Home » 2015 » May

No More “Terrible Choice”? Palliative Care on the Rise

May 23, 2015
No More “Terrible Choice”? Palliative Care on the Rise

 

By Matt Perry

It’s been called “The terrible choice” for the seriously ill. Choose hospice and imminent death… or treatment in hopes of a cure.

But not both.

That’s the choice many patients must make when faced with advanced serious illness. Those who choose to pursue a cure often go without palliative care, which provides the kind of pain relief, emotional comfort and social support that all seriously ill people need – not just those who are near death.

No CommentRead More

Seniors turn to Tai Chi to improve wellness

May 21, 2015
In this story we go to Oakland where we spoke with seniors experiencing the benefits of regular Tai Chi practice. Originally developed for self-defense, Tai Chi is an ancient Chinese tradition that many now turn to for exercise. Research shows that Tai Chi reduces stress and benefits people with many age-related diseases.

1 CommentRead More

California Nursing Homes Split on Quality

May 20, 2015

By Hannah Guzik

Among states with the largest numbers of seniors, California leads the nation in having the most high quality nursing homes, according to a new report.

But the state also has a large number of nursing homes that scored poorly on a Centers for Medicaid and Medicare Services quality rating system, the Kaiser Family Foundation’s May 14 report.

No CommentRead More

His Aim is True

May 18, 2015
His Aim is True By Leah Bartos
An ER Doc Tackles America’s Gun Problem

2 CommentsRead More

Need to Know

May 18, 2015

Check in every Monday for health and health care news you need to know.

By Hannah Guzik 

Walking the beat to safety from gang violence in Cypress Park. What happens when victims of community violence leave the hospital? Denti-Cal cuts have resulted in a spike in ER visits. Hospital networks are smaller in Covered California plans, but quality is comparable.

No CommentRead More

Happier at 100 than 10

May 15, 2015

By Matt Perry

When does old age begin?

At 46. Or 87. Depending on whom you ask.

That’s the latest from UnitedHealthcare’s annual survey of centenarians – those who have reached 100 — which offers some fascinating insights into the aging process with the help of this year’s additional survey group: 10 year-olds.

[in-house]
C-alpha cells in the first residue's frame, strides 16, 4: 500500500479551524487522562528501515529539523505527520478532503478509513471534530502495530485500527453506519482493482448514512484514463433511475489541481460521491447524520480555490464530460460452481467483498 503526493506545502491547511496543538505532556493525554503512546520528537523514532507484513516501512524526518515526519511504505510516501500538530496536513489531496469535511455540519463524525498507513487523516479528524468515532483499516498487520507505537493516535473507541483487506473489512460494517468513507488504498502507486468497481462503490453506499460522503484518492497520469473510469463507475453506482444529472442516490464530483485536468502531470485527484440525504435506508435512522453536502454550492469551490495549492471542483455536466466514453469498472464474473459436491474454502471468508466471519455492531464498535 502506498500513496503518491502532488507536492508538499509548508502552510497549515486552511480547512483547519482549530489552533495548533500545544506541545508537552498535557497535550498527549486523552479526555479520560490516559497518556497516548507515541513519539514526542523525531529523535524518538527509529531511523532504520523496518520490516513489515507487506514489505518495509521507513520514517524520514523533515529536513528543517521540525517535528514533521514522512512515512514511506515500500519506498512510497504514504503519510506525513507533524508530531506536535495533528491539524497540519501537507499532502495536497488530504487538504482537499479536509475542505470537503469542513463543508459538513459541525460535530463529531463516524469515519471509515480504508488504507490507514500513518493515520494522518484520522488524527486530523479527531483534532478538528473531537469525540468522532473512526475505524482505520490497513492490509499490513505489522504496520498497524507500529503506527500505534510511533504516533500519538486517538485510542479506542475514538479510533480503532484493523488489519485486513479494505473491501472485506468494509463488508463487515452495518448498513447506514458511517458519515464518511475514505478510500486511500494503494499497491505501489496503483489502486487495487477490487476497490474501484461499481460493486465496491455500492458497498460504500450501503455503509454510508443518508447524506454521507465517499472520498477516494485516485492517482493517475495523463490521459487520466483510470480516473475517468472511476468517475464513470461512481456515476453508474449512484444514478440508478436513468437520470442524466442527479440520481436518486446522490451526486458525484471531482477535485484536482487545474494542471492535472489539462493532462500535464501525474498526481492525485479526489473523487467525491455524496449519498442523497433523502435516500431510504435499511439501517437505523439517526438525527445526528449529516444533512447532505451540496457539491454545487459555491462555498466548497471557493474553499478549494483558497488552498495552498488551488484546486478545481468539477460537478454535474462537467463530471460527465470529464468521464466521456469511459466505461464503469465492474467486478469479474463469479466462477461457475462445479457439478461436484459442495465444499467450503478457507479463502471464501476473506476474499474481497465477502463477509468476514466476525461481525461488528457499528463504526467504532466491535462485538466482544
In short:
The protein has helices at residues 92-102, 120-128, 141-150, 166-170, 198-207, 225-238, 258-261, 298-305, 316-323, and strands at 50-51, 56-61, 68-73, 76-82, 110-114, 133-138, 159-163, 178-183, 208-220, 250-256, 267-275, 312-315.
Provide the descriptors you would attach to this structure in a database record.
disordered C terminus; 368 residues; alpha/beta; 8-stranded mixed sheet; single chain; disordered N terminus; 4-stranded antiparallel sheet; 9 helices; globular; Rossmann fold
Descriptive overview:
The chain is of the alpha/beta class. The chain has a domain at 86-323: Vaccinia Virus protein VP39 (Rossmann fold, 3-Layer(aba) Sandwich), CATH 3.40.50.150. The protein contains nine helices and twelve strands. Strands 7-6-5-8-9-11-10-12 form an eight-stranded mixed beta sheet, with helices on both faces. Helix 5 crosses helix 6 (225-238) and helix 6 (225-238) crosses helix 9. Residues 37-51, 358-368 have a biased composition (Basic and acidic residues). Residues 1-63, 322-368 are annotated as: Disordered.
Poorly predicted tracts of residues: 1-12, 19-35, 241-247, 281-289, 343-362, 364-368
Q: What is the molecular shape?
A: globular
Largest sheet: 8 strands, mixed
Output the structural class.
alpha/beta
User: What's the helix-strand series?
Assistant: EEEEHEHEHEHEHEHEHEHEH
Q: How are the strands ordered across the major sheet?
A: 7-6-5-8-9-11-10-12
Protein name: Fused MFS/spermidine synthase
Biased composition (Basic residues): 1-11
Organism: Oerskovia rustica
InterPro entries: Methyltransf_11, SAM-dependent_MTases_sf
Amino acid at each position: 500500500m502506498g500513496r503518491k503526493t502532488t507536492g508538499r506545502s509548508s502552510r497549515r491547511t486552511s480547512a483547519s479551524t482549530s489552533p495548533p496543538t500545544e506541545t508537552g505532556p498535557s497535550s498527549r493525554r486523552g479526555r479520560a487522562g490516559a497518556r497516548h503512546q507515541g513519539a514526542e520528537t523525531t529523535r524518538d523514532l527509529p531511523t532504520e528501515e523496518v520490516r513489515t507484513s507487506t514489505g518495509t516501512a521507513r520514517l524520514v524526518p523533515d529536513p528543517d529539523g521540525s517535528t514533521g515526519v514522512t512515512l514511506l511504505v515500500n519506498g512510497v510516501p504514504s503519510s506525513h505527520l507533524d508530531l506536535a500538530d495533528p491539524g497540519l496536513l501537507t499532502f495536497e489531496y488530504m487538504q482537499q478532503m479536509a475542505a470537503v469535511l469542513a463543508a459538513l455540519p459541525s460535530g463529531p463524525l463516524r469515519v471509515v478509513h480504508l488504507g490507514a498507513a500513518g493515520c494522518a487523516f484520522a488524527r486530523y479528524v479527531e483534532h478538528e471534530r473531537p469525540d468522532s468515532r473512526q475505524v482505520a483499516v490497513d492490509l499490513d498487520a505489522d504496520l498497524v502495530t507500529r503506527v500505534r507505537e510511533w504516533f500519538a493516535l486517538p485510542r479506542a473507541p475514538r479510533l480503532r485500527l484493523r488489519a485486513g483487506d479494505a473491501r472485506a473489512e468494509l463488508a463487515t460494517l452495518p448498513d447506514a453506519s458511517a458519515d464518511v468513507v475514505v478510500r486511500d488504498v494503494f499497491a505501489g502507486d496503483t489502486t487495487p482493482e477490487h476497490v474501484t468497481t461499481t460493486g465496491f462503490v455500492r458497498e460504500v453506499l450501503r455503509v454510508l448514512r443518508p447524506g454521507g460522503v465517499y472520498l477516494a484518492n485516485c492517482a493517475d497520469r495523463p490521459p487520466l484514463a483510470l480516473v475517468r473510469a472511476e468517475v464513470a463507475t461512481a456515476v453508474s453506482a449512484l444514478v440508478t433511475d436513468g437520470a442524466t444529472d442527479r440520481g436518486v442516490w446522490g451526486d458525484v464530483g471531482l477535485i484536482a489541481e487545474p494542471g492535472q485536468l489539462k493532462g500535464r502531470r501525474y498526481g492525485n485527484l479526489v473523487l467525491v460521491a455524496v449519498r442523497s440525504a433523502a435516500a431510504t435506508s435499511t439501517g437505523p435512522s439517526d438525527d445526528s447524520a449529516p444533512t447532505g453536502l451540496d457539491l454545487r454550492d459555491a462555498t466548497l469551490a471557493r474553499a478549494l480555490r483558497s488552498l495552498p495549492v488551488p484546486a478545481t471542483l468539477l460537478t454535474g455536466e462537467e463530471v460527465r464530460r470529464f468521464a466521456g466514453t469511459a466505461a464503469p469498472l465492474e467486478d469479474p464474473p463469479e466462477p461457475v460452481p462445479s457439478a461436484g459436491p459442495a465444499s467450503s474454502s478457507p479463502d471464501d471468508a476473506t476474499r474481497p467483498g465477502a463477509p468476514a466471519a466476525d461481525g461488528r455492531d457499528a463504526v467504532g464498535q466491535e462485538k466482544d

1 CommentRead More

Hospital Networks Smaller in Covered California Plans, But Quality Comparable

May 13, 2015

By Hannah Guzik 

Covered California health plans offer smaller hospital networks than commercial plans, a recent study reports.

The research backs up the claims of many enrollees who say their Covered California plans have narrow networks. However, the researchers add, the state marketplace plans still offer about the same level of geographic access to hospitals and in some cases allow enrollees to get care at higher quality hospitals.

No CommentRead More

Need to Know

May 13, 2015

Check in every Monday for health and health care news you need to know.

By Hannah Guzik 

Saying no to teen dating violence, one classroom at a time. State senators discuss how to end child poverty. Bill would require prescription translations, preventing dangerous errors. California debates extending health coverage to undocumented immigrants.

No CommentRead More

Salinas Valley Project Helps Residents Access Clean Drinking Water

May 11, 2015
Salinas Valley Project Helps Residents Access Clean Drinking Water


By Lynn Graebner

Thousands of residents in rural disadvantaged communities in the Salinas Valley may soon have help avoiding drinking water from domestic wells and small water systems contaminated with dangerous levels of nitrate.

A grass roots pilot project by the Environmental Justice Coalition for Water (EJCW) is helping rural low-income residents organize their communities so they can apply for grants for drilling new wells or for infrastructure to connect to municipal systems.

No CommentRead More

Aging with Dignity: live alone or in a community?

May 11, 2015
Aging with Dignity: live alone or in a  community?

By Matt Perry

An overwhelming percentage of older adults insist on remaining in their homes as they age.

Called “aging in place,” it’s considered the Holy Grail for families and governments alike. Older adults want the comfort and autonomy of home. Governments hope to keep seniors at home as long as possible, mortified of the financial burden low-income seniors become when they move into nursing homes.

1 CommentRead More

Page 1 of 212